Bakhmut’s Ruins are Putin’s Victory | Steve Berman

It’s not Russian propaganda that Bakhmut is no longer in the hands of Ukrainian forces. Once every building is hollowed out, leveled, or structurally compromised to the point where it cannot offer shelter, there’s really nowhere for Ukrainian defenders to hide or regroup, so they left.

But talk of “Pyrrhic victory” and “Russian losses” is counterproductive. All that matters in this war is land. Territory taken and lost, and it’s measured by the kilometer; sometimes in mere meters.

A man I follow on Quora, a former Kosovo Liberation Army fighter who now helps Ukraine wrote the following.

Has Russia conquered Bakhmut?

Yes, they have.

I spent this week with soldiers who have just returned from Bakhmut and we got the message yesterday morning. The battle is over. The Russians are in the city and the Ukrainians are out.

There is nothing to play down here. Some people may like to pretend that the city wasn’t important (it absolutely was) or that the Russians have achieved a pyrrhic victory (because they lost so many people) but this is not completely accurate either.

It is true that Russia lost more soldiers than Ukraine but while the Russians sacrificed mostly convicts and untrained conscripts, a lot of good and experienced Ukrainian soldiers were killed. It will be difficult to replace these losses.

What is important now is to concentrate on the next battles. There is no need for despair, this is war: sometimes you win but often you don’t.

Russia lost maybe 20,000 soldiers (according to some U.S. estimates) dead, and up to 100,000 casualties taking this city, which has as its primary meaning denying President Volodymyr Zelenskyy his rallying cry “Bakhmut Holds!” The point is that Russia—personified by its dictator Vladimir Putin—doesn’t care. Russia, as Roland Bartetzko noted, has more meat to throw in the meat grinder than Ukraine does.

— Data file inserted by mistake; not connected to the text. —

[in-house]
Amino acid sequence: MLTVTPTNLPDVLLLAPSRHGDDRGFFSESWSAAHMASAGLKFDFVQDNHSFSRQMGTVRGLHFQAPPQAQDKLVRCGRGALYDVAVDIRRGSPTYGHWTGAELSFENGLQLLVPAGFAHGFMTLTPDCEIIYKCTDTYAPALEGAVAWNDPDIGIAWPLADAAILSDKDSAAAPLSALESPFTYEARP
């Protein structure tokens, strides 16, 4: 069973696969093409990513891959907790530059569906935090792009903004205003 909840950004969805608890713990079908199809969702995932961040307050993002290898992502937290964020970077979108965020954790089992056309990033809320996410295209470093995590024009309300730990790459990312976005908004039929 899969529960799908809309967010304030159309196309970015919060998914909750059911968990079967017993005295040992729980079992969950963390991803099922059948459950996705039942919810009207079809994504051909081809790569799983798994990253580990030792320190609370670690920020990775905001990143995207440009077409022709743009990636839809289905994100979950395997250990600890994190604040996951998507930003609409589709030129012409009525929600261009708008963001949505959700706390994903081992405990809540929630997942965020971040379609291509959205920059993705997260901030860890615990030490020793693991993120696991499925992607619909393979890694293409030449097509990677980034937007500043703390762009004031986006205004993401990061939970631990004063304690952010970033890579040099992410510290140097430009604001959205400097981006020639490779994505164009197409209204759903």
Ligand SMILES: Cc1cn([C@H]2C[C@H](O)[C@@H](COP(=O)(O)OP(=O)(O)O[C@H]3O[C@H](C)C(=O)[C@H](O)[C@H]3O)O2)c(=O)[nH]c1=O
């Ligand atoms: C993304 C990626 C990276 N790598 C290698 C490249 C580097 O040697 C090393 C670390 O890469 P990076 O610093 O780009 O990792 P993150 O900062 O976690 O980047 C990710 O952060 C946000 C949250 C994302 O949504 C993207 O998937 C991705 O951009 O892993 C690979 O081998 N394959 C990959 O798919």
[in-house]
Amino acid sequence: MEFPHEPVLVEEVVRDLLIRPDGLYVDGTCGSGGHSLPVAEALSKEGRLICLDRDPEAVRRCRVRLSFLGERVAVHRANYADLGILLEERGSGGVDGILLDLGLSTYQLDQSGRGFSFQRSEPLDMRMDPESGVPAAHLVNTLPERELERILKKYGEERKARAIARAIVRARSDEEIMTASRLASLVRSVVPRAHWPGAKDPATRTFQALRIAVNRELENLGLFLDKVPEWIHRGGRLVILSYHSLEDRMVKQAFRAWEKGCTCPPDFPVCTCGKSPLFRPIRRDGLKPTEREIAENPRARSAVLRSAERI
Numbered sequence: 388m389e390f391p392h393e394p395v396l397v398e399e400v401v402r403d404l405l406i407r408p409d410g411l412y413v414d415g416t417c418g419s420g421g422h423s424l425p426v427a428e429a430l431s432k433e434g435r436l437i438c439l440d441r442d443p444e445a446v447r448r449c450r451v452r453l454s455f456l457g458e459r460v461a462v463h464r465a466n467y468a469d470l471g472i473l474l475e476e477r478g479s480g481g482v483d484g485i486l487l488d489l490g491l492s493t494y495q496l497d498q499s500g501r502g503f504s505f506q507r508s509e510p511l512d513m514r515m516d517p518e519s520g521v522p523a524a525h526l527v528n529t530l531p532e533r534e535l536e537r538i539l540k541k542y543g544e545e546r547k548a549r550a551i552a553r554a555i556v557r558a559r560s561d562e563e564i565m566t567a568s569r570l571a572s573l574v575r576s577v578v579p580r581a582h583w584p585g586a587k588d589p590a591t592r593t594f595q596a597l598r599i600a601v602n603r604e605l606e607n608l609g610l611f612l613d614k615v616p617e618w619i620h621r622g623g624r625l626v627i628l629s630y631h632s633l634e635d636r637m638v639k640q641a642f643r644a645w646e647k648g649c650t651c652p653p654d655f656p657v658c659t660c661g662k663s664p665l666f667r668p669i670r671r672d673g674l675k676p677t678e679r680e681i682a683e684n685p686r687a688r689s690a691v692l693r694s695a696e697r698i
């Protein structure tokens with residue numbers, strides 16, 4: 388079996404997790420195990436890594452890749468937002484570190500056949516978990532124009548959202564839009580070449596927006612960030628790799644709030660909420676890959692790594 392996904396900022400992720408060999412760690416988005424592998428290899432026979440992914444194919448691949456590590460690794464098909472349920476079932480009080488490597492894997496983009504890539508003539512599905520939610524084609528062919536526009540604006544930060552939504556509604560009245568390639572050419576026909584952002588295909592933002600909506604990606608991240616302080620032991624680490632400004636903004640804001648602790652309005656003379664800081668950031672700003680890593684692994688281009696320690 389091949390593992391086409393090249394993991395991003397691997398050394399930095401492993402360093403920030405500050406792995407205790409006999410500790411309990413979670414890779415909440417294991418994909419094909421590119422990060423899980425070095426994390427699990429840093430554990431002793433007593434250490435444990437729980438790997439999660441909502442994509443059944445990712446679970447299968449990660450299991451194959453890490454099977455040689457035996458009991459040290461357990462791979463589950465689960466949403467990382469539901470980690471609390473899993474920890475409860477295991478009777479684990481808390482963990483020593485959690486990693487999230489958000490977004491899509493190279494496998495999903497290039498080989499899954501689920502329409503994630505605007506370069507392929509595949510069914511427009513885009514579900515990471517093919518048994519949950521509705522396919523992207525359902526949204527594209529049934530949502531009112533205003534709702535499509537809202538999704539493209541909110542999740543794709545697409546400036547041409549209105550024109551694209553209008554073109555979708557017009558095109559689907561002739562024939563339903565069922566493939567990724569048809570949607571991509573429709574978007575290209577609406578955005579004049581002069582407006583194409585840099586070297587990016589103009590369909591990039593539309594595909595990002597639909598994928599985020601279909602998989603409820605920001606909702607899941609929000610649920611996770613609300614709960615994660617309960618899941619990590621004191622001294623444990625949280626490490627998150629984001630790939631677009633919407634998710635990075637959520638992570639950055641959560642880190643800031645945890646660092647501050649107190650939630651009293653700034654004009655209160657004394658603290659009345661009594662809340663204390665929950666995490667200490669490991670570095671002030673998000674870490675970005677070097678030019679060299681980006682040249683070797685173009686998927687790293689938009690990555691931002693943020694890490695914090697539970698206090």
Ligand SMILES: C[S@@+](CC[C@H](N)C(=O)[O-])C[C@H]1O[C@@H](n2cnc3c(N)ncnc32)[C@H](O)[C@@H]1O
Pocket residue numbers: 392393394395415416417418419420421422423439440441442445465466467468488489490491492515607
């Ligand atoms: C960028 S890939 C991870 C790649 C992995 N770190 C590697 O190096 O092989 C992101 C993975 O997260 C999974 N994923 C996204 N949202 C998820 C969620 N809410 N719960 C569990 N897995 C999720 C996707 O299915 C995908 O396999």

Remember, at the beginning of World War II, Japan fielded an army with more experienced troops (they’d been fighting in China for some time), a Navy with more experienced pilots, and doctrine and weapons well more advanced than America’s. But it didn’t take long at all for the United States, with its unmatched productive power and better training doctrine, to overpower the Japanese Imperial forces.

Russia today is not WWII-era America—a far, far cry from it. But Russia is not without productive capacity. Regardless of how many bans and sanctions piled on by the G7, Russia still has huge markets such as India, for its resources. It has China as a (for now) partner with similar interests. And the biggest challenge for the west, and for Ukraine, is that Russia doesn’t have to destroy Ukraine to “win.” It merely has to deny Ukraine the ability to win back its land. Ukraine cannot destroy Russia, even with western help.

It’s actually counterproductive for Ukraine to even think about attacking an inch of Russian soil, because that would cause western governments, like the U.S., to hold on giving them advanced weapons like F-16 fighter jets and M1A1 tanks. Nobody wants to expand the war with nuclear (with a giant stockpile of tactical weapons) Russia. So the best Ukraine can do is use its weapons to keep killing Russians until there’s no more Russians to kill, or until there’s no more of Ukraine under Russian rule worth defending.

Bakhmut is a sad reminder that to Putin, destroying Bakhmut is no different than taking the city, as long as it’s denied to Ukraine. To see what Bakhmut is, you only needed to look at the history of Grozny in Chechnya. To draw on one conclusion made by Andrew Harding, the BBC’s one-time correspondent in Chechnya, offered at the start of this war: “if [Russian] troops aren’t willing to fight or aren’t able to fight on the ground successfully, what do you do? You turn to the weapons that will work, that will deliver you the city. Even if what you hand to Putin is a victory that is pure rubble.”

It’s still a victory to Putin. The question now is what can Ukraine do next to avoid another city razed to rubble in a meat grinder?

Follow Steve on Twitter @stevengberman.

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